Originally, there were also plans to hold a new “Sadie Hawkins” Road Race that would culminate at the farmers market. But organizers decided to hold off on that until November, when Sadie Hawkins Day, a creation of Amesbury comic strip artist Al Capp, is typically celebrated.
At its core, Amesbury Days is a celebration of community pride and a time when locals of all stripes can come together. That sense of togetherness is the main reason why volunteers like the “Strawberry Ladies” keep coming back, and why a few have been helping for nearly 40 years.
“Part of it is working with the rest of the women, having that camaraderie,” said Bertina Lawliss, who is 83 and has been helping hull strawberries for the Main Street Congregational Church since the early 1970s.
Gladys Turnquist, who at 99 is the elder statesman of the Strawberry Ladies, agreed with Lawliss, saying she first started helping because she wanted to get involved with her church and has kept coming back since because she loves the company. She also joked that getting to eat some of the strawberries is a nice bonus, too.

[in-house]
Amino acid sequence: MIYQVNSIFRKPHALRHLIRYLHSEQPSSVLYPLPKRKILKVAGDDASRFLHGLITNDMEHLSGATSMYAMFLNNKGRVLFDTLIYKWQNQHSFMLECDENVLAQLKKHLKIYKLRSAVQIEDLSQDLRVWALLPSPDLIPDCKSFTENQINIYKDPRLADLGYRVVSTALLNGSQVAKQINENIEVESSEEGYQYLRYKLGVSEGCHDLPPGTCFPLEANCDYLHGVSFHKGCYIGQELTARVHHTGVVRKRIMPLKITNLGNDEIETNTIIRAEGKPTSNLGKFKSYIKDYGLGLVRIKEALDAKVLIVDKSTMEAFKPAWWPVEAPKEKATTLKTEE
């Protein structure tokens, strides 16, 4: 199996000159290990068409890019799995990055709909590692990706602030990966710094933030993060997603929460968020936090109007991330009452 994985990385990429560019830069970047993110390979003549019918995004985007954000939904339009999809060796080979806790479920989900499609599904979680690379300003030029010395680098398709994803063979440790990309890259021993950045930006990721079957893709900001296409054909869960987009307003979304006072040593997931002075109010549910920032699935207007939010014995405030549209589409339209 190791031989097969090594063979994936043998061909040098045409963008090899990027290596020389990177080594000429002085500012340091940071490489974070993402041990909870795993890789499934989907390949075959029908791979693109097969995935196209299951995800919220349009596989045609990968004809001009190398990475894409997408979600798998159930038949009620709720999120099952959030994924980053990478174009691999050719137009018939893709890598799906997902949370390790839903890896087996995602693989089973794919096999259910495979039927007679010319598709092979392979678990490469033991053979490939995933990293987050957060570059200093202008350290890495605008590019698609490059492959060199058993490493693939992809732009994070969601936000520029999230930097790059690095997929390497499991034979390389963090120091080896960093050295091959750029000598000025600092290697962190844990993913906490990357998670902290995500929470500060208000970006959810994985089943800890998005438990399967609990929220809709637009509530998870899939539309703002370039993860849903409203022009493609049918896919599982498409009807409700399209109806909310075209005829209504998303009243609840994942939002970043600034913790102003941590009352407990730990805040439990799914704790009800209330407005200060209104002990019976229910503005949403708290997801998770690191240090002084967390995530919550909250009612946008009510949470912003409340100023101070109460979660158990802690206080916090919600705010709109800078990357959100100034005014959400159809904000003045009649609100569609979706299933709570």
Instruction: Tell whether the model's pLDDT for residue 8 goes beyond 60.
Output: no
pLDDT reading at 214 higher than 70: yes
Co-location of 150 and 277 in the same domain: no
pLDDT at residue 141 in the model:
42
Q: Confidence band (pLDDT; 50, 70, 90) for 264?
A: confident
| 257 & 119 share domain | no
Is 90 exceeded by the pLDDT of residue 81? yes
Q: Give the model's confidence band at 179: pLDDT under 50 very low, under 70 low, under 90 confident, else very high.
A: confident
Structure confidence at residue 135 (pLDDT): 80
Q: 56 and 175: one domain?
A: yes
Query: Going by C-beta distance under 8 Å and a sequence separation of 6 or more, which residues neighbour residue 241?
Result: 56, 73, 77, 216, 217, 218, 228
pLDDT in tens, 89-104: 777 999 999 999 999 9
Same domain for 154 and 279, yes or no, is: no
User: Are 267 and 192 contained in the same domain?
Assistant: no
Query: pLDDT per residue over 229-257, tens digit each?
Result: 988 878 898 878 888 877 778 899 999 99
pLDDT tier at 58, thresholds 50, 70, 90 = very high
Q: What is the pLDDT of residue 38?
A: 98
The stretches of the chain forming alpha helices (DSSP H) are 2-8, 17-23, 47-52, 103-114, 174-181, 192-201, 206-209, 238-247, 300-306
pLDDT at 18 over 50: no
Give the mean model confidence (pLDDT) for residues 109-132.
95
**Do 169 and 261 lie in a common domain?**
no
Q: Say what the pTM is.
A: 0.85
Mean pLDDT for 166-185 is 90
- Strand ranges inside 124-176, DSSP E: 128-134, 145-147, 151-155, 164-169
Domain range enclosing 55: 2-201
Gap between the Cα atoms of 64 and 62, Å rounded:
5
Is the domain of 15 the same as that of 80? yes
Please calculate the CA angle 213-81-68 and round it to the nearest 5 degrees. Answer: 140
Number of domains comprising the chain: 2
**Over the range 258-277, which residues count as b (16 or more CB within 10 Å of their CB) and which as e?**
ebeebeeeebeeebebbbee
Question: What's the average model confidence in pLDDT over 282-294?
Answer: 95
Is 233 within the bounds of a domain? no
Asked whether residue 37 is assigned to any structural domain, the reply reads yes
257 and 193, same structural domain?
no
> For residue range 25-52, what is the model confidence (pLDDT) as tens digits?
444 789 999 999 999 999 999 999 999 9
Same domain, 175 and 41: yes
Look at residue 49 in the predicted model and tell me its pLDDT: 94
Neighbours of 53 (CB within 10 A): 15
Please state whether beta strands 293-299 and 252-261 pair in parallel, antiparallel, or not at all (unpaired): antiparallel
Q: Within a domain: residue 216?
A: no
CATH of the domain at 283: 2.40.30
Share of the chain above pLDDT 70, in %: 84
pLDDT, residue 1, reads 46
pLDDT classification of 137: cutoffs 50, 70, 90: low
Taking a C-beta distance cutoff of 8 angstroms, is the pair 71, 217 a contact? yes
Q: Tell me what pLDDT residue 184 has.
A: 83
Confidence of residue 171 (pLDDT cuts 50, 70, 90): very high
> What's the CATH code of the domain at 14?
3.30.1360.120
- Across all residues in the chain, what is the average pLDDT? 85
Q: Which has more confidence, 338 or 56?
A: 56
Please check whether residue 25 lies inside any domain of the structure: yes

On Tuesday, both Lawliss and Turnquist were back again with the rest of their friends, each with their sleeves pulled up and an ever-growing pile of fresh fruit on the table in front of them. Others just like them surrounded them at the two tables. Throughout the morning, they all laughed, told stories and reminisced about the days they used to actually go up to New Hampshire and pick the strawberries.
“There was a gentleman who drove a pickup trick, and some kids would pile up into the back of the truck, you can’t really do that anymore,” Lawliss said. “They’d drive to New Hampshire, we’d follow in cars, and when we got there, we’d fill the whole truck bed with strawberries.”